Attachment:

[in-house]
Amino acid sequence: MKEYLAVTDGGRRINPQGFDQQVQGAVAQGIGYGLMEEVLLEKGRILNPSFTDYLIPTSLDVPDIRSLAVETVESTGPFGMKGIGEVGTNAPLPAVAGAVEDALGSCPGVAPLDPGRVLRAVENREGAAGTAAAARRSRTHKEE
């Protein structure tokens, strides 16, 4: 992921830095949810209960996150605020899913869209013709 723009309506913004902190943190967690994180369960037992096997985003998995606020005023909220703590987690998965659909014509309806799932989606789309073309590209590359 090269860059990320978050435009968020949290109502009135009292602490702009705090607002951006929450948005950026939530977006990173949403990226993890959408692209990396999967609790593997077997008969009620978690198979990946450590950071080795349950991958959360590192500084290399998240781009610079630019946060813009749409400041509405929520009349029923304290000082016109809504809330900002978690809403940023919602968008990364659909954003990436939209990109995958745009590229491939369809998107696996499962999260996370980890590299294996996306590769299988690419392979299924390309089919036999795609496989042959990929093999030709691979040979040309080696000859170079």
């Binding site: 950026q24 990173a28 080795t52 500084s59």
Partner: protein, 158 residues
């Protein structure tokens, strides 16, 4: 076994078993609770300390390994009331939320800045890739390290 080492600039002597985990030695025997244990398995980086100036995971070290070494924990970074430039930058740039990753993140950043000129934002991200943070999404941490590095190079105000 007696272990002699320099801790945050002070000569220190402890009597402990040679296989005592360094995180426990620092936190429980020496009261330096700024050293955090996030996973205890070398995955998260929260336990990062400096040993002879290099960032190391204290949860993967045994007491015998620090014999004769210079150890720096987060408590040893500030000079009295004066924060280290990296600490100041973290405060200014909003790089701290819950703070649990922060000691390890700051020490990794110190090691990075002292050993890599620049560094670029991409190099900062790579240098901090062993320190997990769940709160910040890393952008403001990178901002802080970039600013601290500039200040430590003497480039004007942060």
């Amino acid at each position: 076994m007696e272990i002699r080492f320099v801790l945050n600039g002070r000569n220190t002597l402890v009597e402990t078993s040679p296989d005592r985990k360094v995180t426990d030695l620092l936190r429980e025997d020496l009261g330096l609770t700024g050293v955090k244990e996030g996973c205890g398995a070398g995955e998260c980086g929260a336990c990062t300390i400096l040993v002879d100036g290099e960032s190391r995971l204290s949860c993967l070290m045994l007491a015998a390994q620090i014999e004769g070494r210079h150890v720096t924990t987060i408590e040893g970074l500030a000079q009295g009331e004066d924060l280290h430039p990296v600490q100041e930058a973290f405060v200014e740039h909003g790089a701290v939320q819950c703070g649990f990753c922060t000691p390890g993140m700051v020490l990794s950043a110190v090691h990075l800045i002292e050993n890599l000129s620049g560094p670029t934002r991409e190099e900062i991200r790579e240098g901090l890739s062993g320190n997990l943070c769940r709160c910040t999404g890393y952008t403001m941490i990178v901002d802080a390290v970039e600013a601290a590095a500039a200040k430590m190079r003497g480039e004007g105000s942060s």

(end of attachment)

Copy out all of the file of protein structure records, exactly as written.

[in-house]
Amino acid sequence: MKEYLAVTDGGRRINPQGFDQQVQGAVAQGIGYGLMEEVLLEKGRILNPSFTDYLIPTSLDVPDIRSLAVETVESTGPFGMKGIGEVGTNAPLPAVAGAVEDALGSCPGVAPLDPGRVLRAVENREGAAGTAAAARRSRTHKEE
């Protein structure tokens, strides 16, 4: 992921830095949810209960996150605020899913869209013709 723009309506913004902190943190967690994180369960037992096997985003998995606020005023909220703590987690998965659909014509309806799932989606789309073309590209590359 090269860059990320978050435009968020949290109502009135009292602490702009705090607002951006929450948005950026939530977006990173949403990226993890959408692209990396999967609790593997077997008969009620978690198979990946450590950071080795349950991958959360590192500084290399998240781009610079630019946060813009749409400041509405929520009349029923304290000082016109809504809330900002978690809403940023919602968008990364659909954003990436939209990109995958745009590229491939369809998107696996499962999260996370980890590299294996996306590769299988690419392979299924390309089919036999795609496989042959990929093999030709691979040979040309080696000859170079």
């Binding site: 950026q24 990173a28 080795t52 500084s59």
Partner: protein, 158 residues
């Protein structure tokens, strides 16, 4: 076994078993609770300390390994009331939320800045890739390290 080492600039002597985990030695025997244990398995980086100036995971070290070494924990970074430039930058740039990753993140950043000129934002991200943070999404941490590095190079105000 007696272990002699320099801790945050002070000569220190402890009597402990040679296989005592360094995180426990620092936190429980020496009261330096700024050293955090996030996973205890070398995955998260929260336990990062400096040993002879290099960032190391204290949860993967045994007491015998620090014999004769210079150890720096987060408590040893500030000079009295004066924060280290990296600490100041973290405060200014909003790089701290819950703070649990922060000691390890700051020490990794110190090691990075002292050993890599620049560094670029991409190099900062790579240098901090062993320190997990769940709160910040890393952008403001990178901002802080970039600013601290500039200040430590003497480039004007942060």
């Amino acid at each position: 076994m007696e272990i002699r080492f320099v801790l945050n600039g002070r000569n220190t002597l402890v009597e402990t078993s040679p296989d005592r985990k360094v995180t426990d030695l620092l936190r429980e025997d020496l009261g330096l609770t700024g050293v955090k244990e996030g996973c205890g398995a070398g995955e998260c980086g929260a336990c990062t300390i400096l040993v002879d100036g290099e960032s190391r995971l204290s949860c993967l070290m045994l007491a015998a390994q620090i014999e004769g070494r210079h150890v720096t924990t987060i408590e040893g970074l500030a000079q009295g009331e004066d924060l280290h430039p990296v600490q100041e930058a973290f405060v200014e740039h909003g790089a701290v939320q819950c703070g649990f990753c922060t000691p390890g993140m700051v020490l990794s950043a110190v090691h990075l800045i002292e050993n890599l000129s620049g560094p670029t934002r991409e190099e900062i991200r790579e240098g901090l890739s062993g320190n997990l943070c769940r709160c910040t999404g890393y952008t403001m941490i990178v901002d802080a390290v970039e600013a601290a590095a500039a200040k430590m190079r003497g480039e004007g105000s942060s």